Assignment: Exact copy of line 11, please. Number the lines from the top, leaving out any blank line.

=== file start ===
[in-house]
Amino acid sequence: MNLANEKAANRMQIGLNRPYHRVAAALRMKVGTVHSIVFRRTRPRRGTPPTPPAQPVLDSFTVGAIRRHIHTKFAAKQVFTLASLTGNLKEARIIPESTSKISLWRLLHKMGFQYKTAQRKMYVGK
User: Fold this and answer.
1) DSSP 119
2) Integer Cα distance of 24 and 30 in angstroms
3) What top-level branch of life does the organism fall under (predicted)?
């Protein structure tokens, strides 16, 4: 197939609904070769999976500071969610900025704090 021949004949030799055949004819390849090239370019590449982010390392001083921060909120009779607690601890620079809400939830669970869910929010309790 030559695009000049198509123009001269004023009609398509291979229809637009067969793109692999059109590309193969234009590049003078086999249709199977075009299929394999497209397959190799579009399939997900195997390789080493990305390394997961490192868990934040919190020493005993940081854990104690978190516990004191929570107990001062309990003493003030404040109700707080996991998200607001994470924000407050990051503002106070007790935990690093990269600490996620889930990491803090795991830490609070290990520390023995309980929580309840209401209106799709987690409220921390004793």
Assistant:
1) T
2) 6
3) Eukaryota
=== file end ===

3) Eukaryota